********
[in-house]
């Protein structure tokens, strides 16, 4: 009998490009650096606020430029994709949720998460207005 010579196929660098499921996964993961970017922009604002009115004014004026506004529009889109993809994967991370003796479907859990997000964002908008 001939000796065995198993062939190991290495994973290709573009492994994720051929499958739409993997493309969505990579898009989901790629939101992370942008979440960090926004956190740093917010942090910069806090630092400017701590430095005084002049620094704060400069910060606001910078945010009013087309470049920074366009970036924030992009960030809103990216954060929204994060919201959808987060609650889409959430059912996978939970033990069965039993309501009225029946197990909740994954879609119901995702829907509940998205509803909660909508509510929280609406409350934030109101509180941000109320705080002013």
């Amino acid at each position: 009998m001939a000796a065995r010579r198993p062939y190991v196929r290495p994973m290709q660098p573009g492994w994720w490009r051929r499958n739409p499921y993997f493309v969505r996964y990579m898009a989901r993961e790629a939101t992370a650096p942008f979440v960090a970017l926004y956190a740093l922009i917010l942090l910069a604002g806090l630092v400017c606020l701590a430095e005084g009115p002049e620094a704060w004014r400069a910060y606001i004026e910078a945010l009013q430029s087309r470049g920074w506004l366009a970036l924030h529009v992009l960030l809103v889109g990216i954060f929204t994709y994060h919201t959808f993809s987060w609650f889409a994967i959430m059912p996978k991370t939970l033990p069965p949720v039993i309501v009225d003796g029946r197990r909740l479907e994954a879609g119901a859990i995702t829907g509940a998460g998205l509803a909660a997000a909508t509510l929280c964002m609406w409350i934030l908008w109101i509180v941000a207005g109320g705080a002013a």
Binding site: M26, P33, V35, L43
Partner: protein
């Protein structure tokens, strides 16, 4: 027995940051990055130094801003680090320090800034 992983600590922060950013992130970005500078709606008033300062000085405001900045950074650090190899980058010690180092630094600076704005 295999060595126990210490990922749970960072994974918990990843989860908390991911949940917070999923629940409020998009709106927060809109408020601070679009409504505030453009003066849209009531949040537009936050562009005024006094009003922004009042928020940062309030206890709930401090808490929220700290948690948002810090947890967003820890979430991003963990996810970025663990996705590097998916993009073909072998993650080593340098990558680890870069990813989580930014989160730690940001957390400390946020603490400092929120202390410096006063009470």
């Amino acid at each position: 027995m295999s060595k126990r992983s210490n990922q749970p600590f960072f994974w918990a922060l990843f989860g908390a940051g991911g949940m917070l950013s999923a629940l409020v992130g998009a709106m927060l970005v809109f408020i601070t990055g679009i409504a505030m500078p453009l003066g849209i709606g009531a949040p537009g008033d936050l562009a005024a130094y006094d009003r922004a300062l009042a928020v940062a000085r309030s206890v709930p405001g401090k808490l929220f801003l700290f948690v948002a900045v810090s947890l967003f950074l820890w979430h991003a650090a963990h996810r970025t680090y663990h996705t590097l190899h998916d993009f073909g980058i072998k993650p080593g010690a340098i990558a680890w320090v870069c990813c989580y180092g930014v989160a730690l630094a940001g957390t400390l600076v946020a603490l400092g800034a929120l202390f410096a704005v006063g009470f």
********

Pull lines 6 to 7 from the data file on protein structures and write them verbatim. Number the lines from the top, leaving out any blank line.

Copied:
């Protein structure tokens, strides 16, 4: 027995940051990055130094801003680090320090800034 992983600590922060950013992130970005500078709606008033300062000085405001900045950074650090190899980058010690180092630094600076704005 295999060595126990210490990922749970960072994974918990990843989860908390991911949940917070999923629940409020998009709106927060809109408020601070679009409504505030453009003066849209009531949040537009936050562009005024006094009003922004009042928020940062309030206890709930401090808490929220700290948690948002810090947890967003820890979430991003963990996810970025663990996705590097998916993009073909072998993650080593340098990558680890870069990813989580930014989160730690940001957390400390946020603490400092929120202390410096006063009470």
């Amino acid at each position: 027995m295999s060595k126990r992983s210490n990922q749970p600590f960072f994974w918990a922060l990843f989860g908390a940051g991911g949940m917070l950013s999923a629940l409020v992130g998009a709106m927060l970005v809109f408020i601070t990055g679009i409504a505030m500078p453009l003066g849209i709606g009531a949040p537009g008033d936050l562009a005024a130094y006094d009003r922004a300062l009042a928020v940062a000085r309030s206890v709930p405001g401090k808490l929220f801003l700290f948690v948002a900045v810090s947890l967003f950074l820890w979430h991003a650090a963990h996810r970025t680090y663990h996705t590097l190899h998916d993009f073909g980058i072998k993650p080593g010690a340098i990558a680890w320090v870069c990813c989580y180092g930014v989160a730690l630094a940001g957390t400390l600076v946020a603490l400092g800034a929120l202390f410096a704005v006063g009470f």